Man Constructs a Massive $51,000 Computer to Play Tetris

Interesting Engineering

tetris[Image Source: James Newman]

Think you love computing? Probably not as much as the man who spent four years building a processor the size of a room for £40,000 (US $51,590).

James Newman, a digital electronic engineer was curious to see how a computer works in action. So, after 4 years of dedicated work and soldering thousands of parts, he successfully completed a working processor the size of a room.

"Computers are quite opaque. Looking at them it's impossible to see how they work. What I would like to do is get inside and see what's going on. Trouble is we can't shrink down small enough to walk inside a silicon chip,”

Describes Newman on his website.

"But we can go the other way; we can build the thing big enough that we can walk inside it. Not only that, we can put LEDs on everything so we can actually see the data moving and the logic happening."

Newman never intended for the computer to reach such biblical proportions. What started out as a simple project to learn more about transistors, quickly turned into the mega construction it has become to this day. Newman's first project was merely a simple circuit designed that contained only a handful of transistors. However, the project did not hold his attention very long and so he moved on.

first_cctThe first processor Newman constructed Individual transistors [Image Source: James Newman]

Months later, when considering how to build a telemetry system capable of operating under extreme conditions (in this case just behind the drill bit of an oil well), Newman and his colleagues found it rather difficult to find a processor that could best the heat. Soon, the team came upon some discrete logic devices that could apparently handle the conditions quite well. In the end, Newman decided the logic devices would be great for simplicity sake. Also, they could be easily wired with LEDs to display the path of the information. From there, Newman derived the inspiration he needed to start the project. After fours years of work, he successfully completed the build.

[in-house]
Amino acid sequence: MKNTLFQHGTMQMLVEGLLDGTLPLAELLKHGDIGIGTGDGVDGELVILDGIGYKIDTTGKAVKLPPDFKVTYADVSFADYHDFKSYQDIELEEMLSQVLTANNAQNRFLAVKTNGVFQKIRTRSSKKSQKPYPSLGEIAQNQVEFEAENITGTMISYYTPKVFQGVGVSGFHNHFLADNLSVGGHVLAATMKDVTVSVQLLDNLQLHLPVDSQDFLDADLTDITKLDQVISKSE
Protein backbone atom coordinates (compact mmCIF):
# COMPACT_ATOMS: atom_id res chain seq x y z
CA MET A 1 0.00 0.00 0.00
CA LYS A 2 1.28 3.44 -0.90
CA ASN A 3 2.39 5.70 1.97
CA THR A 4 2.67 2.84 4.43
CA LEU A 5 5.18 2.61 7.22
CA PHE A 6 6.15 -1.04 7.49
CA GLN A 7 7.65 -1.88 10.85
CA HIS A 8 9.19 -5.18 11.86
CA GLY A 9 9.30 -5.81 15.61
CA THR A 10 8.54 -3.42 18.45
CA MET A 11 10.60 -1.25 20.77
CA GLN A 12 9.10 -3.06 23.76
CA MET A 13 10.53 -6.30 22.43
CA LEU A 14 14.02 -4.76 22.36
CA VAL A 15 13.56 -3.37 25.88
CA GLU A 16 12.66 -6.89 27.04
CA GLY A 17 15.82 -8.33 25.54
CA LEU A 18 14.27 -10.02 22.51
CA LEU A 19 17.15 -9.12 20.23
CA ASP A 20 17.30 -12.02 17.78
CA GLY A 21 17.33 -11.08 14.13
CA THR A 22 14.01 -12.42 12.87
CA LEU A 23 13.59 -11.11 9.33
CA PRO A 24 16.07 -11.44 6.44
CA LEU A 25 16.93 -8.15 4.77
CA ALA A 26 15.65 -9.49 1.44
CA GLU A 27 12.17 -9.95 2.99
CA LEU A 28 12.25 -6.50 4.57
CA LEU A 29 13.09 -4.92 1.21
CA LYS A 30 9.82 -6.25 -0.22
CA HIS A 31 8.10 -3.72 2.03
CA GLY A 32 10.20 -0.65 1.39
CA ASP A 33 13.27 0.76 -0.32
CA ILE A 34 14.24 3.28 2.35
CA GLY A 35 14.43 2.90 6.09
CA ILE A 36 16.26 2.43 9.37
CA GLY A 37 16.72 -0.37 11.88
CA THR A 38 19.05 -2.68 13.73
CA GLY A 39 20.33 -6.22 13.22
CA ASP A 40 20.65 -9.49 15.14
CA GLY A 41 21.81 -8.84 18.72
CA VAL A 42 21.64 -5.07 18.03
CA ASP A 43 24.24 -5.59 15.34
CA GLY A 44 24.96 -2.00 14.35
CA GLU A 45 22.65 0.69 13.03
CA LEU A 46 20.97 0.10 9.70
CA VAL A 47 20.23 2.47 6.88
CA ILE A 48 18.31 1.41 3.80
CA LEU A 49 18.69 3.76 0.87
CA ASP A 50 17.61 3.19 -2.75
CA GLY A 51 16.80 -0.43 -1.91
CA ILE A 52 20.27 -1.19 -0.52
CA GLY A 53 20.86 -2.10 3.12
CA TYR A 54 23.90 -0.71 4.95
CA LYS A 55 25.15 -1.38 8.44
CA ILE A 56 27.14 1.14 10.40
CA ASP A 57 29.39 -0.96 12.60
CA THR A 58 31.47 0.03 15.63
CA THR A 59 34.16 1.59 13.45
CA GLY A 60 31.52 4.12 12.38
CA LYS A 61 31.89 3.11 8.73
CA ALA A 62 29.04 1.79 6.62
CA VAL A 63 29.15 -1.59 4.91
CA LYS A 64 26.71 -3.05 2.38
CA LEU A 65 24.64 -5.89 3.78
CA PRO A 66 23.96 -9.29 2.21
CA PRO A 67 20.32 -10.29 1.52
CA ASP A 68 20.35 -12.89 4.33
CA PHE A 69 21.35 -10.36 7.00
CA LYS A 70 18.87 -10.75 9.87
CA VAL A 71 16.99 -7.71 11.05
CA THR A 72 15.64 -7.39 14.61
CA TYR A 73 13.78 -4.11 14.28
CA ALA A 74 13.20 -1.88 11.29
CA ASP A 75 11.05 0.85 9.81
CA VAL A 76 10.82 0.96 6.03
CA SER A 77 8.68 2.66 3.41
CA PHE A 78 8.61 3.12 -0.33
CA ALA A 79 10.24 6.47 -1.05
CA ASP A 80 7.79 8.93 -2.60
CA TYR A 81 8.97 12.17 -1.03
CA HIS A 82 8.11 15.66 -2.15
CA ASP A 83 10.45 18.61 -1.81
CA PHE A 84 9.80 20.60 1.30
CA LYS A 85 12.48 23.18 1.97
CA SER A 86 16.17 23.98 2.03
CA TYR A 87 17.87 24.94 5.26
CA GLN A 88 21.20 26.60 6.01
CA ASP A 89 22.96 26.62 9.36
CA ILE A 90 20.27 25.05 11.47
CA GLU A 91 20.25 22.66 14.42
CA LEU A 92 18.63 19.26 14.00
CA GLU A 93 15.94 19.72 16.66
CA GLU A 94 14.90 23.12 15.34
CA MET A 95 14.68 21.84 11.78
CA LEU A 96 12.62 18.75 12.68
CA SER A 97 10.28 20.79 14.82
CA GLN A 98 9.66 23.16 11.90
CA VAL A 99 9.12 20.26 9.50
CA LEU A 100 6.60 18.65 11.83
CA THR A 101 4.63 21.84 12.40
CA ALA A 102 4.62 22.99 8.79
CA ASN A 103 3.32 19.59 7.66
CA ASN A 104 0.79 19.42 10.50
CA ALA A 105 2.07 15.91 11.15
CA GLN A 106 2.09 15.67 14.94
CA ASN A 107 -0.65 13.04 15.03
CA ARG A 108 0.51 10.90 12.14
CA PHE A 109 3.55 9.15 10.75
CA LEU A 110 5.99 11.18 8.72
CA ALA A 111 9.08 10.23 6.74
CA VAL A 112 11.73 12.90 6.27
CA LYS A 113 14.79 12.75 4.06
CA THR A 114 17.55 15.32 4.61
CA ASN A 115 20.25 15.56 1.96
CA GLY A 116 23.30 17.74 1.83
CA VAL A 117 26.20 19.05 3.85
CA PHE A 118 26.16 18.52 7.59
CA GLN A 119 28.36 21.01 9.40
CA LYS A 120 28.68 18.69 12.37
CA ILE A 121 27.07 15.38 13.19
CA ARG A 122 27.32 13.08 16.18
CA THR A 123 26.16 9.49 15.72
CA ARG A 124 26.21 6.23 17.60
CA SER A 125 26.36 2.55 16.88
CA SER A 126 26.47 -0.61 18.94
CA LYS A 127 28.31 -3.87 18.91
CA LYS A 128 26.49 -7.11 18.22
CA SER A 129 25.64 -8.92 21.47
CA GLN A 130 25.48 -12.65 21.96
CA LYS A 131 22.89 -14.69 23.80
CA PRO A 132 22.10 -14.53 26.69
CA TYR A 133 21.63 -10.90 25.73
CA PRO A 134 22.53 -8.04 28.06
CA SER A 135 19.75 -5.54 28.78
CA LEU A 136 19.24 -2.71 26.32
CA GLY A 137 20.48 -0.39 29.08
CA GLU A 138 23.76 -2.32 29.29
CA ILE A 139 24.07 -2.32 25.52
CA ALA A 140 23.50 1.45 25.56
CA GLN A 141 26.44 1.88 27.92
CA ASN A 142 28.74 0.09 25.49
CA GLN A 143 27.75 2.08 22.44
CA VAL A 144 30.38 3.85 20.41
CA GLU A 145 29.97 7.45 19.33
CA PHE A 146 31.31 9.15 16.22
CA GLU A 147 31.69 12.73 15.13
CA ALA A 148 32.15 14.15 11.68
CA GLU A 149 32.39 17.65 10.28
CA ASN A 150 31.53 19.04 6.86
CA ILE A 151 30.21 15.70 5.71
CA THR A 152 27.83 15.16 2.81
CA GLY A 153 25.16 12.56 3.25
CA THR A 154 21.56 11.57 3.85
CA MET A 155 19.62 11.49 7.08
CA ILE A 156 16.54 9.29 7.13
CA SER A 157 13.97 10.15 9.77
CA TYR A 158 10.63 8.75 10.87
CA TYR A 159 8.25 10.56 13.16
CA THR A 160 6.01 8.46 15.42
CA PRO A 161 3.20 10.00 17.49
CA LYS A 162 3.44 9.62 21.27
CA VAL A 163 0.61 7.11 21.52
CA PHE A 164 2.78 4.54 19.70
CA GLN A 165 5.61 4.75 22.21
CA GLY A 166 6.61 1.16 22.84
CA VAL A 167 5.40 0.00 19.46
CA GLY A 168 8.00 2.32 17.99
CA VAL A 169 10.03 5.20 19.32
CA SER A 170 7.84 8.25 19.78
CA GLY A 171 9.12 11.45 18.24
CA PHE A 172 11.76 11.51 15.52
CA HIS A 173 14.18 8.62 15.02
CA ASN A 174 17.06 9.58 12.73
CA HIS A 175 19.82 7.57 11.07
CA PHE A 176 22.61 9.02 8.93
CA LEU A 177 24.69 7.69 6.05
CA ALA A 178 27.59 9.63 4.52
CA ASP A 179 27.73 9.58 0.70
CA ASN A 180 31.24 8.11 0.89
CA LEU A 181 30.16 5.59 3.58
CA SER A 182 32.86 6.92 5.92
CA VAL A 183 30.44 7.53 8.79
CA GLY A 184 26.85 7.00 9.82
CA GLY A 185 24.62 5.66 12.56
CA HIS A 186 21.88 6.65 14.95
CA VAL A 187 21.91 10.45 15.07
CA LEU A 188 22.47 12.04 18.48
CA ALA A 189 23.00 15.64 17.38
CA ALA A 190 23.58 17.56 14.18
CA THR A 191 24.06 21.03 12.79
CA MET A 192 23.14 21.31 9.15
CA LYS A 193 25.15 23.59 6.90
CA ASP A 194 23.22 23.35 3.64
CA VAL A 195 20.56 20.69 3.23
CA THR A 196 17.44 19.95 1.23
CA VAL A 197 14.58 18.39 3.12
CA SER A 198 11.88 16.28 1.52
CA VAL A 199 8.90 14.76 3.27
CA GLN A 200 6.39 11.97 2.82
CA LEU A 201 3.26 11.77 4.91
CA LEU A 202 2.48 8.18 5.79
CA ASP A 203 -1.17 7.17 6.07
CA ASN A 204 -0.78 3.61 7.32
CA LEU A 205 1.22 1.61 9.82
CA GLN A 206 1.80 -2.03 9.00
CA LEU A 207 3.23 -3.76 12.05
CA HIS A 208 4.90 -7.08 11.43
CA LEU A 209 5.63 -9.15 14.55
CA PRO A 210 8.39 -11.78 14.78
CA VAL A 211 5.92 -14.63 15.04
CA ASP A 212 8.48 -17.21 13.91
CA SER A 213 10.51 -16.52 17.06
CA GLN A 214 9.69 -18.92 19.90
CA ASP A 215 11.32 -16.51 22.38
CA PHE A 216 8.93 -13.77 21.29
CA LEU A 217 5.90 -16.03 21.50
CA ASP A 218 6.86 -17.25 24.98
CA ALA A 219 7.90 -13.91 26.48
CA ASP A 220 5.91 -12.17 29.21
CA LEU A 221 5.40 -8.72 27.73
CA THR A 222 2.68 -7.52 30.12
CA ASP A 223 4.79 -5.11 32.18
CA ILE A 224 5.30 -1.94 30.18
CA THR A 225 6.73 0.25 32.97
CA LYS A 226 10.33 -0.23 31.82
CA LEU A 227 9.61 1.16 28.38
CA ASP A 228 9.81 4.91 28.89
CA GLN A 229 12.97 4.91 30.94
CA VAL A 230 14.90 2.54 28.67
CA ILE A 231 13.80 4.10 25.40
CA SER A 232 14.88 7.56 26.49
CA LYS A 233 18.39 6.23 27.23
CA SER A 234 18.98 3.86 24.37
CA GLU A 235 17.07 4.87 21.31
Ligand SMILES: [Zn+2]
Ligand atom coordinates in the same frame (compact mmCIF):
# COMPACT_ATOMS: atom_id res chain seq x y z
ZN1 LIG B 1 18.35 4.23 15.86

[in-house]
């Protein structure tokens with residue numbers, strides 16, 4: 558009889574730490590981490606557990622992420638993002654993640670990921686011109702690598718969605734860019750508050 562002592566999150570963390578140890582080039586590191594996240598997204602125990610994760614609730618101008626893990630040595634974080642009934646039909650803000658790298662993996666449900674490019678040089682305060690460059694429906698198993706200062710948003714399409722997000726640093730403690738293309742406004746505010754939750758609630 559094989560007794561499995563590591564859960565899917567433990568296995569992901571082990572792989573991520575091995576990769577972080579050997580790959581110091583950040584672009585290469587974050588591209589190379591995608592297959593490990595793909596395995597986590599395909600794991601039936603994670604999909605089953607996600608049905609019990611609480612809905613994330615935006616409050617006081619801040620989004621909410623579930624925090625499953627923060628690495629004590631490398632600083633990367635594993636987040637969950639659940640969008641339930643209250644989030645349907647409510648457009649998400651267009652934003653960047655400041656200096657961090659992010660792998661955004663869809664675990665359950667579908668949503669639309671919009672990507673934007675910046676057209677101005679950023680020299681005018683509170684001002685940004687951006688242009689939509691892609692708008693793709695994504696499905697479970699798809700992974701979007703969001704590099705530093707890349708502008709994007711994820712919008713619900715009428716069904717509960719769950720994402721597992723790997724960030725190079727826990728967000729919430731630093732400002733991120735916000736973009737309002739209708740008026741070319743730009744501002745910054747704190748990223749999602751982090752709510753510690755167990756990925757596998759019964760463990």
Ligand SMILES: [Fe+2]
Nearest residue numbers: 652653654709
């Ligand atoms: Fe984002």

The computer is a monstrous 33-feet wide and 6-feet high. Essentially, it is a giant microprocessor built large, extremely large. He began the build back in 2012 and recently completed its construction on Jun 22nd, 2016. Just like a regular processor, the unit is comprised of thousands of transistors. However, instead of using ‘teeny-weeny’ ones integrated within silicon chips most commonly used in the 21st century, Newman built his using individual transistors- you can see them below.

Transistors  Individual transistors [Image Source: James Newman]

All-in-all, the processor contains a minute 256 bytes of RAM- which is rather impressive given he built his own. It also contains around 40,000 transistors, 10,000 LEDs, and requires 500W of electricity to operate. Newman painstakingly soldered nearly 300,000 joints and wired 10 km (about six miles) of cable to bring the project to life.

Projection: Cylindrical (1) FOV: 227 x 78 Ev: 6.71 Panorama of the processor  [Image Source: James Newman]

Sadly, the Megaprocessor won't be able to play your favorite FPS anytime soon- or ever. However, the creator told BBC in an interview, the “machine on your desk may be a million times better than what I have built - but mine is much prettier, mine has 10,000 times more LEDs."

The educational aspect of the build could become quite useful to many engineers alike. Despite not being able to compute much, the design remains incredibly impressive. It is a truly fascinating machine- for what it lacks in power it makes up in beauty. Besides- it can play Tetris, what else could you ask for?

Newman is currently in the works of turning his massive machine into an educational experience for all to enjoy. In fact, you can inquire to play Tetris on his massive computer on the Megaprocessor's facebook page. He is also available if you have any further questions regarding the building process or any other inquiry you may have.

If you are interested in learning more about the mechanics behind the Megaprocessor you can check out Newman’s video series uploaded onto YouTube.

SEE ALSO: How to Build a Computer in 5 Easy Steps

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